But unfortunately, Jacob was dating Nadyne, who was currently failing in a couple classes—darn those professors, especially Mr. Alongi who was such a hardass—so Nadyne asked Martin for help because he was so good at science and math—everyone expected him to attend MIT. But Christina felt a little bit jealous so she confided in her best friend Sasha. On one hand she trusted Martin—because who doesn’t trust their beaus—but on the other hand she knows Nadyne is a flirtatious bimbo who’s cheated on Jacob like a bajillion times already.

But with him already set to going off to college and Christina still trying to ignore a horde of restless spirits that keep her awake at night and distract her during the day…

Still with me? Because I’m not. Haha. Forgive me for the terrible storytelling but this is an over-the-top example of possibly too many characters and plots introduced too much, too quick.

Consider this, if you introduce some complication or sub-plot, you need to be able to flesh it out. Readers should not finish your book wondering what happened to X situation that was introduced in Chapter 5, popped up in a few chapters afterwards, but wasn’t resolved during the 55-75K manuscript.

Same goes for introduction of characters. We can assume that if your story introduces Y amount of people, that those aren’t the only people in your story universe. But the reader doesn’t need to know every single person your MC interacts with. Each moment, each interaction, should be pivotal in some way to driving the plot.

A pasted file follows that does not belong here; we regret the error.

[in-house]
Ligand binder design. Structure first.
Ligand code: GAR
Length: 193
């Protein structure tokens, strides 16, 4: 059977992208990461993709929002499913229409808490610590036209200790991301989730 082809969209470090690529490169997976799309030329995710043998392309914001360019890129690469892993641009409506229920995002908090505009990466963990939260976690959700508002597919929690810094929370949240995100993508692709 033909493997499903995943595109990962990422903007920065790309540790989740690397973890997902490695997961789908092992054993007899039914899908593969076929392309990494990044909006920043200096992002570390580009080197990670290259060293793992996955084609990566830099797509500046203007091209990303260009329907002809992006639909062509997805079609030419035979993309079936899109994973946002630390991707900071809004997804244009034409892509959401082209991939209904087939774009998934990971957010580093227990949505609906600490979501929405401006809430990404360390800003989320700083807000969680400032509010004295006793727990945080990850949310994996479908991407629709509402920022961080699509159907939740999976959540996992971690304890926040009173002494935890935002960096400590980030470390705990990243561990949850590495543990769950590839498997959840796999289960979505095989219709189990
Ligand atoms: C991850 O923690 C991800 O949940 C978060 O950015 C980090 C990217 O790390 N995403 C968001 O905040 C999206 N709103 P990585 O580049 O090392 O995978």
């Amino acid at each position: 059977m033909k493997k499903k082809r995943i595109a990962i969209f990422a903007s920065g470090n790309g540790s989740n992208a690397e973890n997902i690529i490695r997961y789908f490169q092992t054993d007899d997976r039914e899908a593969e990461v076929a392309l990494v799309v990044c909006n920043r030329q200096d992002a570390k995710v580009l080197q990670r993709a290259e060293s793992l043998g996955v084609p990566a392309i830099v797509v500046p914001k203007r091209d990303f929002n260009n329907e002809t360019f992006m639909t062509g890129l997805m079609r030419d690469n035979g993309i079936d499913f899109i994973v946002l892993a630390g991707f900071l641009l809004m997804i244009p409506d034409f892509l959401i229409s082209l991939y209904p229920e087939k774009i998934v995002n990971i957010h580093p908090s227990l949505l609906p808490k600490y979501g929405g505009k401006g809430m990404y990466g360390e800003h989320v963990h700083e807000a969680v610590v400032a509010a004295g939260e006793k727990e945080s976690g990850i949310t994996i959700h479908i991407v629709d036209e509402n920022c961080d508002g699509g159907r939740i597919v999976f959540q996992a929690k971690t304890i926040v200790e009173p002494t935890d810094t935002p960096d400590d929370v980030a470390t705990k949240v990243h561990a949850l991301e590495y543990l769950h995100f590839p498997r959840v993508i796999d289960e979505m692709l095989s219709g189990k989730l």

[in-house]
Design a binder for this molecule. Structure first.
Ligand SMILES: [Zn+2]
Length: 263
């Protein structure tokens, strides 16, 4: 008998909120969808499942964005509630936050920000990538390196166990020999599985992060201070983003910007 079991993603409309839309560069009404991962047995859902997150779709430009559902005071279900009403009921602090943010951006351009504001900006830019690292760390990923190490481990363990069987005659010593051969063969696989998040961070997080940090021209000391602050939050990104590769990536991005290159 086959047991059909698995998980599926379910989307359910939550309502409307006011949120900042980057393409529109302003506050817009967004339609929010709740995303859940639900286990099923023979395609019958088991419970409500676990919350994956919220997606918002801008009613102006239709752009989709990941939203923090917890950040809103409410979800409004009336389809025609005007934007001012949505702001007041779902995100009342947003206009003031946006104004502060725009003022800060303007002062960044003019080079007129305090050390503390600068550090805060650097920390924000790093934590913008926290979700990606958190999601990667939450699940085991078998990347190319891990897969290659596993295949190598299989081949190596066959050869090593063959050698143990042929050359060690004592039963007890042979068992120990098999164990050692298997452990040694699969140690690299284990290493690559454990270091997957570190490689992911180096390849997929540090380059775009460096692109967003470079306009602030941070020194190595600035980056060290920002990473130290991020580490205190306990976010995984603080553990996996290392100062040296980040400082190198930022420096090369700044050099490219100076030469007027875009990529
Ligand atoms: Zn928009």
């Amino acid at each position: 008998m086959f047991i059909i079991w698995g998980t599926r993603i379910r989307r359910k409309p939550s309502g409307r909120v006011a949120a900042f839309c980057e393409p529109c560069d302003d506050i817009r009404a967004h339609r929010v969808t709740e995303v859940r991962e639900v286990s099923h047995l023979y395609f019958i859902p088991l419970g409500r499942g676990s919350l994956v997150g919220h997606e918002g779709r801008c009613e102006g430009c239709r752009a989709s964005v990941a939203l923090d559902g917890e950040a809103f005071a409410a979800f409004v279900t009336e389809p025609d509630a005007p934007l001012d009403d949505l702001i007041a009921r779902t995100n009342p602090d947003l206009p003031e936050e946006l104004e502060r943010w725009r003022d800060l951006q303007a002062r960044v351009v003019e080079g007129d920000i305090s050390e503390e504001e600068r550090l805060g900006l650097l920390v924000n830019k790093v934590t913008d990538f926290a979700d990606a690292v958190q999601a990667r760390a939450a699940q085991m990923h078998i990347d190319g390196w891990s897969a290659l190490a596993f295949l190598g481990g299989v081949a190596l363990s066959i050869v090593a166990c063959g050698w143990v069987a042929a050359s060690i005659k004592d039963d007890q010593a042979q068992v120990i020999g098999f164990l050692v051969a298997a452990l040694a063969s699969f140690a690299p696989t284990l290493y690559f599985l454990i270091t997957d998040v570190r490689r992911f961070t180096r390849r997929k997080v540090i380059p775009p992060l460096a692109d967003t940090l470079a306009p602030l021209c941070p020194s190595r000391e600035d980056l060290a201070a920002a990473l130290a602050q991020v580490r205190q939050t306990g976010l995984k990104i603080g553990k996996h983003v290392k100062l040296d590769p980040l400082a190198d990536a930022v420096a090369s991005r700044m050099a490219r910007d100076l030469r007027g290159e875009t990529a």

Check out J.K. Rowling’s outline for Order of the Phoenix:

JK-Rowlings-Phoenix-Plot-Outline

Best way to avoid over complication of plot:

  • Have a notecard of each major and minor event. On the back, write how it drives the plot forward.
  • Have a notecard for each major and minor character. On the back, write how that character influences your character and/or drives the plot.

And you know what? That’s what second, third, fourth, tenth drafts are for: to really figure out which scenes and characters are the most pivotal for your storyline. For your first draft, go crazy. Let your creativity flow and just write. Then write some more. And when you wake up in the middle of the night with a scene inspiration and aren’t sure how that will fit into your story, write it down anyway. You could use it somewhere in the current story or, upon finding it just doesn’t fit, save it for something else.

Tell the readers what they need to know when they need to know

Readers don’t need to know everything right away. In fact, your readers will applaud you if you leave breadcrumbs throughout the story that coalesce at the climax.

J.K. Rowling did this magnificently within Harry Potter. Exhibit A: Severus Snape. Did she tell us how important Snape was in Harry Potter and The Sorcerer’s Stone or to the entire series? Nope! He was just an antagonist, a dirty, up to no good, wizard.

We weren’t even given a hint about the depth of his character or how integral to the storyline he would become. And at the end, when we discovered who he really was prior to Harry even being born, the feels. SO MUCH FEELS. 

That is what you want to inspire in your readers. They don’t need to know everything right away, the motivation, each and every nuance. If the breadcrumbs are there, and they align properly, the aha moment will happen.

No easy feat, but magic doesn’t happen easily. And magic is within you. Let it flow. Test the page. Test your story and your limits.

Be aware of the rules and then break them beautifully 🙂 Happy writing, fellow writer.

If you found this helpful, don’t forget to share. I’d appreciate it.

Cheers,

Karly